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Concerned About Unconventional Mental Health Interventions?

Concerned About Unconventional Mental Health Interventions?
Alternative Psychotherapies: Evaluating Unconventional Mental Health Treatments

Sunday, September 26, 2010

A Good Law: School Assignment for Foster and Homeless Children

“There ought to be a law”-- we’ve all said that at times. Unfortunately, not every law has the outcomes we’d like to see, and it can be even harder to alter a law than to create a new one.

Most states have problematic but well-intentioned laws about children’s attendance at public schools. Children are generally expected to attend the school to which their residential district assigns them-- sometimes a school near the child’s home, but sometimes not. Because school expenses are paid by the school district of the child’s residence, there is concern about having payment go from one district to another, except in the unusual case where one district can offer needed services and another cannot. If a school district discovers that a child’s family has moved to another area, the child will often not be allowed to continue to attend the familiar school, even for a few remaining weeks of the school year. A few, but by no means all, school districts will allow parents to pay substantial fees to keep their child in a public school even though the family lives out of the district. Even when arrangements can be made for the child to attend school out of district, however, the distance between the home and the desired school may be prohibitive unless parents can manage transportation.

The result of these laws about school assignment is that children whose living situation changes must very often change schools as well as homes. Two groups who have been strongly affected by this are children who are moved from their familiar (but neglectful or abusive) home to the care of a foster (or “resource”) family living in some other area, and children whose families have become homeless and are residing in a shelter or similar environment. Because familiar schools and established relationships with teachers and with other children are important stabilizing factors in school-age children’s lives, the requirement that they change schools removes yet another element of stability in situations where unfamiliarity of people and/or places is already creating stress. Such changes create problems both for children’s emotional lives and for their educational process. Entering a new school always means a loss of friends, and may mean conflicts as a newcomer has to make his or her way into the pecking order; these changes, when combined with the emotional impact of foster placement or homelessness, may interfere with a child’s self-control and result in fighting, sulking, or withdrawal that generates even more negative consequences in the school environment. In addition, because schools do not have identical educational practices or daily lesson plans, children changing schools may miss instruction, and busy teachers may not be aware of developing educational problems.

Today, though, we have reason to be delighted that there is a new law in New Jersey that should have a very beneficial effect on foster children and homeless children (see This law protects children placed in foster care from having to change schools, when moving to the district where the foster parents live, if it is different from the area where the parental home was. It also protects children living in homeless shelters or group homes from having to change schools, allowing them to continue at their familiar schools. Of especial importance, this law establishes payment for transportation of children to their accustomed schools, and prevents municipalities from making laws that would discriminate between use of schools and recreational facilities by children living with their families in the district and by children in other situations. The New Jersey legislation thus removes some emotional and educational obstacles that have further interfered with the positive development of children whose living situations were disrupted by situations that themselves had negative impacts.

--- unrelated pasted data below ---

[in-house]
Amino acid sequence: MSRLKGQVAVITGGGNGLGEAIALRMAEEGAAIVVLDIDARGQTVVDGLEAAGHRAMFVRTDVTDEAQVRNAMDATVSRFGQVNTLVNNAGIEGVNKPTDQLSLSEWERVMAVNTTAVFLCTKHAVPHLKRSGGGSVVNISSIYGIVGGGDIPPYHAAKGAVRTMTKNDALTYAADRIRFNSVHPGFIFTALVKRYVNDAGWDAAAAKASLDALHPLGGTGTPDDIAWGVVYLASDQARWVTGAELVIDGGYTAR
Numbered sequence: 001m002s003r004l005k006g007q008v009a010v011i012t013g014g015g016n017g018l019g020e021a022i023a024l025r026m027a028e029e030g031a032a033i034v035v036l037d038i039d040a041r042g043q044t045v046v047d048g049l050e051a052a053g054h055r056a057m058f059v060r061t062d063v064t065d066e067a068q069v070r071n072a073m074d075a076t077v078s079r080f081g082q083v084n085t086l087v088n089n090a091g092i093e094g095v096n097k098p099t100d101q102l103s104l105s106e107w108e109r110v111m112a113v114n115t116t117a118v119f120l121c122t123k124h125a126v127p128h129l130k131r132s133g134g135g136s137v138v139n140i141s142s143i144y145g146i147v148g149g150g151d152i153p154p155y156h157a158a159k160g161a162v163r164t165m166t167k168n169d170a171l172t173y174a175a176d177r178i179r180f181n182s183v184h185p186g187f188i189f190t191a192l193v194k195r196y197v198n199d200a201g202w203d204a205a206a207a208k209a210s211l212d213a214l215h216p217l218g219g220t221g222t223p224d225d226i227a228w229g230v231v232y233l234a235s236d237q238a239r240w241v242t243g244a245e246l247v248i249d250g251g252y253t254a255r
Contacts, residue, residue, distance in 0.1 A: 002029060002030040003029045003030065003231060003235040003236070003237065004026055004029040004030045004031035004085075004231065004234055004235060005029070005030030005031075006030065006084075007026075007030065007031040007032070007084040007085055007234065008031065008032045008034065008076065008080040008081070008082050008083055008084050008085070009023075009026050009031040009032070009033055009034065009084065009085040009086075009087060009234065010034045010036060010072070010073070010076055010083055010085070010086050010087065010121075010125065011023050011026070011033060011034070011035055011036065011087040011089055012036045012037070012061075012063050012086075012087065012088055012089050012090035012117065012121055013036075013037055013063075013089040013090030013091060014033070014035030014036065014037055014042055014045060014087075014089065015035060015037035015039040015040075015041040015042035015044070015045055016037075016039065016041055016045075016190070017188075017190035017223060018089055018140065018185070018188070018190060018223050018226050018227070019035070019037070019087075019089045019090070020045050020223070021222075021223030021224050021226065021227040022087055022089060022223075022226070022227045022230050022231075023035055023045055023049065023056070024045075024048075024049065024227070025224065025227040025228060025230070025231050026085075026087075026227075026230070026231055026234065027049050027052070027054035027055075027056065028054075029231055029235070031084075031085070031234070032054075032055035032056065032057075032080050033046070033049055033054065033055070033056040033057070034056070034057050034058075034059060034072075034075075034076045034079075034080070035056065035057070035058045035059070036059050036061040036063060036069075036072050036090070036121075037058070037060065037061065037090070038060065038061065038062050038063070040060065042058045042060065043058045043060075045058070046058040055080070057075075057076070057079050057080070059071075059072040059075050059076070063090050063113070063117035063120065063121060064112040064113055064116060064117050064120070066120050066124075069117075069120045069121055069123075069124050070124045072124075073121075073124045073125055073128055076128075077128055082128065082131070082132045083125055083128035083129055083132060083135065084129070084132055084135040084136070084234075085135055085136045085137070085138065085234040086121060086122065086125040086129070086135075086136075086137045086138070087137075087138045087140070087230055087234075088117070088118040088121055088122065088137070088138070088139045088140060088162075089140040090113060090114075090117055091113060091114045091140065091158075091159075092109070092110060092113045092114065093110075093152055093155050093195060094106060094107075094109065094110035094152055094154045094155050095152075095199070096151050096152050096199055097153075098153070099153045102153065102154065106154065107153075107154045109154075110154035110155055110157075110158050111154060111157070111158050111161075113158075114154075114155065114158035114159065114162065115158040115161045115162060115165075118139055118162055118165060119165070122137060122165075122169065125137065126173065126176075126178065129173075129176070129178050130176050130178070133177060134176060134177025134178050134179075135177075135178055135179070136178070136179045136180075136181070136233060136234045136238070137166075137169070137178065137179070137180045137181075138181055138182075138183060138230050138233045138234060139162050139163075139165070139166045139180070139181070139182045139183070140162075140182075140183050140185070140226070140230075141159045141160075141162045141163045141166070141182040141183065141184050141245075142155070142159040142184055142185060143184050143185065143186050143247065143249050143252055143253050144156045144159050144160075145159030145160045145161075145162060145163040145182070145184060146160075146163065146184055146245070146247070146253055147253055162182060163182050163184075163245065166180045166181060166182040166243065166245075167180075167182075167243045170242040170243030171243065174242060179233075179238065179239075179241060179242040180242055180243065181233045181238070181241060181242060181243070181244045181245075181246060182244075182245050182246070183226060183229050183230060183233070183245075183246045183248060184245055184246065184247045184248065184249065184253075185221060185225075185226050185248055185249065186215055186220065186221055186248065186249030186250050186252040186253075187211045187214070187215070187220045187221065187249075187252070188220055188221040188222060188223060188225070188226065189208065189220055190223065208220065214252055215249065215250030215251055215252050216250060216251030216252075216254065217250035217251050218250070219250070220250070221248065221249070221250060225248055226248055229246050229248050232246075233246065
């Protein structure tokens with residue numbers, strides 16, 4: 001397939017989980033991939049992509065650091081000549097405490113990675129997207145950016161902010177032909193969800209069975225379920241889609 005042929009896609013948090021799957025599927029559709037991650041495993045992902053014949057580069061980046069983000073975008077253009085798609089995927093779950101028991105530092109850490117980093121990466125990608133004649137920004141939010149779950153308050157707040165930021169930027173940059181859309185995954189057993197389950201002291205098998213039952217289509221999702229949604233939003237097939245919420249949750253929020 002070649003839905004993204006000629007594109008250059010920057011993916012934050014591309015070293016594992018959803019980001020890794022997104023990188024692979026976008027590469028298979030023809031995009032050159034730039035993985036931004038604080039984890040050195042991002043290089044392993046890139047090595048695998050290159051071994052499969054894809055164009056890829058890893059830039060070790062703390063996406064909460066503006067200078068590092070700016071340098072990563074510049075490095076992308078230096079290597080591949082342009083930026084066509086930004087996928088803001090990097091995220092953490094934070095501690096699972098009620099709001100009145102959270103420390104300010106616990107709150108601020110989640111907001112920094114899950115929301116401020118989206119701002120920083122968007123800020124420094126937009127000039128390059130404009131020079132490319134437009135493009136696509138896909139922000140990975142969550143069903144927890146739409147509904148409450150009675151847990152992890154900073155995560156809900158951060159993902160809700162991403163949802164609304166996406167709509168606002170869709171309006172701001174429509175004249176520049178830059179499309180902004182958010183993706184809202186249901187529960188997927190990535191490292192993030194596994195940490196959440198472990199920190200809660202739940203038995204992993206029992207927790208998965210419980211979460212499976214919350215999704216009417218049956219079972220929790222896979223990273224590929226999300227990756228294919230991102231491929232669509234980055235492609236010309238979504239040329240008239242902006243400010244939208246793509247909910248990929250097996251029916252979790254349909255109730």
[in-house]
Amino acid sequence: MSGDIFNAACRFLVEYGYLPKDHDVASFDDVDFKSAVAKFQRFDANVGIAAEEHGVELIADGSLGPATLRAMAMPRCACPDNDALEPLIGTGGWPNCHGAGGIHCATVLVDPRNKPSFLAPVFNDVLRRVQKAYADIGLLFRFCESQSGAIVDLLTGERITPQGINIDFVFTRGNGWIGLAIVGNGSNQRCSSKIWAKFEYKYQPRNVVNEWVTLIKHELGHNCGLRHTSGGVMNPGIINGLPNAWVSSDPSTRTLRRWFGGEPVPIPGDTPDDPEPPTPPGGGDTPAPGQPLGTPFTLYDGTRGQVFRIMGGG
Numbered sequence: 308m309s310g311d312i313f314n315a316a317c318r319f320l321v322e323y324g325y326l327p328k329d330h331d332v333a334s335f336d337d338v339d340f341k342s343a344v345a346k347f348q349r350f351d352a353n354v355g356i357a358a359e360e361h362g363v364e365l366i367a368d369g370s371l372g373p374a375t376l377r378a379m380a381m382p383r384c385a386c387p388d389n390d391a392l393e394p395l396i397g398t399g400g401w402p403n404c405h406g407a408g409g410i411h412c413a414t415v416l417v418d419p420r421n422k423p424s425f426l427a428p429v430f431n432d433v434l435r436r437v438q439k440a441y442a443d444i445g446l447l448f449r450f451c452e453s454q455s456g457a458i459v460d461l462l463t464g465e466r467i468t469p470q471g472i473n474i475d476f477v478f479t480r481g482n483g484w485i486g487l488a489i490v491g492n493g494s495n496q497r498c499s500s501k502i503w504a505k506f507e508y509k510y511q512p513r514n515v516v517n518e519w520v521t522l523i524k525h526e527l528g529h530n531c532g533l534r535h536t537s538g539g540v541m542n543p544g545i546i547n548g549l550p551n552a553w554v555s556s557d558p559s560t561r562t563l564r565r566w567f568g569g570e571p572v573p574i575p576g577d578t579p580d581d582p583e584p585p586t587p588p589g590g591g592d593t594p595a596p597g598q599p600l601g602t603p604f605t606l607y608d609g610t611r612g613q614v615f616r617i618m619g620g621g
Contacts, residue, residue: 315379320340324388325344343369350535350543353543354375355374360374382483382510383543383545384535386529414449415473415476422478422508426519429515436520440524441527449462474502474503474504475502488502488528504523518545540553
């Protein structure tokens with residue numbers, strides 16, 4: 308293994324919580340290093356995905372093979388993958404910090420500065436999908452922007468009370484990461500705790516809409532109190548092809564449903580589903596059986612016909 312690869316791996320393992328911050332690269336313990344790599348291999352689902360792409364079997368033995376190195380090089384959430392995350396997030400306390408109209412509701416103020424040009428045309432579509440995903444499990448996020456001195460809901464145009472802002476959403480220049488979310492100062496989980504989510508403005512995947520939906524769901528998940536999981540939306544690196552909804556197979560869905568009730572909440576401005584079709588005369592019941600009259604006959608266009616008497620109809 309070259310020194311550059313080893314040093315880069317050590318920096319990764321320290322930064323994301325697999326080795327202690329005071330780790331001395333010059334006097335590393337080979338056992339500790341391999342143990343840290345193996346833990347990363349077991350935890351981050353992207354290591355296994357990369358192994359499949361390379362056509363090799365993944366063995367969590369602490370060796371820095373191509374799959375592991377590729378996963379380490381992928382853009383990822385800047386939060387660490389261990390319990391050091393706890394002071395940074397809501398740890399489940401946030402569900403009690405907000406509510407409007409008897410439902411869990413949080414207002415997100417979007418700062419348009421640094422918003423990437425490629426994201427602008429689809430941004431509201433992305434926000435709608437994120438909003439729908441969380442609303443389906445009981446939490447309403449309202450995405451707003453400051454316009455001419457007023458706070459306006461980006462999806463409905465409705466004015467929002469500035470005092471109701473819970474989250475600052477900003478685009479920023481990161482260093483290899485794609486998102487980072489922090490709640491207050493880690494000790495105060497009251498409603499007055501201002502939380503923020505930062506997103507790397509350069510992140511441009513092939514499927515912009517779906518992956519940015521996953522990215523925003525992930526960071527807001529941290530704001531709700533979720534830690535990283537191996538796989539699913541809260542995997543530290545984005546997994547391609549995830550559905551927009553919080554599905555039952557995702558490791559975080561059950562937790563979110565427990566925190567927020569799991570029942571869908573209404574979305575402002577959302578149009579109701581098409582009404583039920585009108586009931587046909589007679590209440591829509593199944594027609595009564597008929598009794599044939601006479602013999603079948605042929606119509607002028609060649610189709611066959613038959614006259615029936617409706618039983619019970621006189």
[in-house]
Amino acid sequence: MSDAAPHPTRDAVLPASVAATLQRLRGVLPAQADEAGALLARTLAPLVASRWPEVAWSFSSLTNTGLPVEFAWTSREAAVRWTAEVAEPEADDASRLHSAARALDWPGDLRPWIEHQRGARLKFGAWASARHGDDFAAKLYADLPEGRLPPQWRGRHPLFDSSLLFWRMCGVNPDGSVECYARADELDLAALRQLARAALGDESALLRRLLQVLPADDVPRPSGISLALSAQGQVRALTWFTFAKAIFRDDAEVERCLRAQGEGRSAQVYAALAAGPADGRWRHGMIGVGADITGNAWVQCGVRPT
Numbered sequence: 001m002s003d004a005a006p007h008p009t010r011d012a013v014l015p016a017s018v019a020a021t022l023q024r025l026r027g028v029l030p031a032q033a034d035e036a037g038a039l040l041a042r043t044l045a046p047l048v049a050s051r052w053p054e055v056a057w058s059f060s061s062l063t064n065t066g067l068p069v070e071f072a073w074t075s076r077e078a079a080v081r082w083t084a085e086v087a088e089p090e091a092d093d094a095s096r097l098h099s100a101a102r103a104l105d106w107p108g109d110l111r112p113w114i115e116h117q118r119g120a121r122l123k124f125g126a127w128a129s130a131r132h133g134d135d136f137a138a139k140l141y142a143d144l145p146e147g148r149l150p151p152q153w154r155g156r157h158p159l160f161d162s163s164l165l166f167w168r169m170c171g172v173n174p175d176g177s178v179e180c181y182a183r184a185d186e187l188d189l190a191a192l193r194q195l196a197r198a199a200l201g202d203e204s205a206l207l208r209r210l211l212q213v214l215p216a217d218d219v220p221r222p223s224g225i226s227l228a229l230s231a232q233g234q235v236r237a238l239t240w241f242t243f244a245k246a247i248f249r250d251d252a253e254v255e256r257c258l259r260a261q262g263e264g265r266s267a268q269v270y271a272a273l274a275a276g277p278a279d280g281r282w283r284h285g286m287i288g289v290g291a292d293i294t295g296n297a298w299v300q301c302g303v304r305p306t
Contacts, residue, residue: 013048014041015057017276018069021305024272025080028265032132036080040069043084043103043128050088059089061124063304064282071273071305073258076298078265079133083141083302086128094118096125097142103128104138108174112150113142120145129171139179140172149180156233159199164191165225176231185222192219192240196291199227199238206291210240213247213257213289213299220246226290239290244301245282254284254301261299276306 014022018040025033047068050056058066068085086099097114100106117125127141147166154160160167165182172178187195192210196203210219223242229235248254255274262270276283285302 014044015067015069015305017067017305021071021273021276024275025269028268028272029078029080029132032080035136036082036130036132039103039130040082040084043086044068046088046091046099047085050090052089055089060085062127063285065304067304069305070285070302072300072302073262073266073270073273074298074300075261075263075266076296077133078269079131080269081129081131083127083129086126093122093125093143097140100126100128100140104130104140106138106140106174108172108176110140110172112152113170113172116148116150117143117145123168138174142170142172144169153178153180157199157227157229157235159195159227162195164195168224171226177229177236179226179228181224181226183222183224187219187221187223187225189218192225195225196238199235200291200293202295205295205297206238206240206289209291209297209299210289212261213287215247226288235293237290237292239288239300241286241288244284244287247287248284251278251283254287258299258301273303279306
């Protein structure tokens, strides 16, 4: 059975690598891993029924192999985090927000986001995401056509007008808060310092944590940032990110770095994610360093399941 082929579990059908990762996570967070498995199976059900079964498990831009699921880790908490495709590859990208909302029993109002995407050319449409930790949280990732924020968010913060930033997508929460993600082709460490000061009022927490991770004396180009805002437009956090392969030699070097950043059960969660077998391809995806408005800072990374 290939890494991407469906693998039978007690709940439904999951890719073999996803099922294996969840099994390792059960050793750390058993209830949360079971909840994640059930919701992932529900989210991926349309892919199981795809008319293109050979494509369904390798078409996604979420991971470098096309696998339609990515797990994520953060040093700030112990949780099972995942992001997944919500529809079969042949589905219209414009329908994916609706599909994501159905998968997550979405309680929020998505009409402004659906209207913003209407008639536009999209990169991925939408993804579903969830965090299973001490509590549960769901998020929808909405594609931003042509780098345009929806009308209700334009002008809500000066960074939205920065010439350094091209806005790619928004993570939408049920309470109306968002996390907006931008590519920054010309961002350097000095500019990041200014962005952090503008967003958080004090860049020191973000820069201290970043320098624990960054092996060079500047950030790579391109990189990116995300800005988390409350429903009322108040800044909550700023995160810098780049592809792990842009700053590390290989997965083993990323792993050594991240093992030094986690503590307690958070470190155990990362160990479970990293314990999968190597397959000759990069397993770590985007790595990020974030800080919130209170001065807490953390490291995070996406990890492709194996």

What about other children whose lives are disrupted if they have to change schools at awkward points? A group who are obviously affected are children of divorce. Children whose parents divorce frequently find themselves moving to a new house or apartment because parents who are dividing their resources can no longer maintain the living standards that were possible with combined incomes. The familiar home, neighborhood, and friends are replaced by unfamiliarity, and often by unfamiliar surroundings that are less comfortable or safe than the original home. The move may be at the beginning of a long school vacation, which would give the children time to become acclimated and even make some new friends before starting at a new school-- but it may just as well be in the middle of a school term, with nothing to soften the “school shock” as they plunge into an entirely new situation. And, of course, many school systems nowadays have abandoned the old-fashioned long summer vacation in favor of short terms with a few weeks’ break between them. In these cases, children may lose much that could offer comfort and buffer the impact of divorce on their mood and learning.

Let’s hope that the legislation for foster and homeless children may be the beginning of more child- and family-friendly school policies for all families undergoing significant changes.

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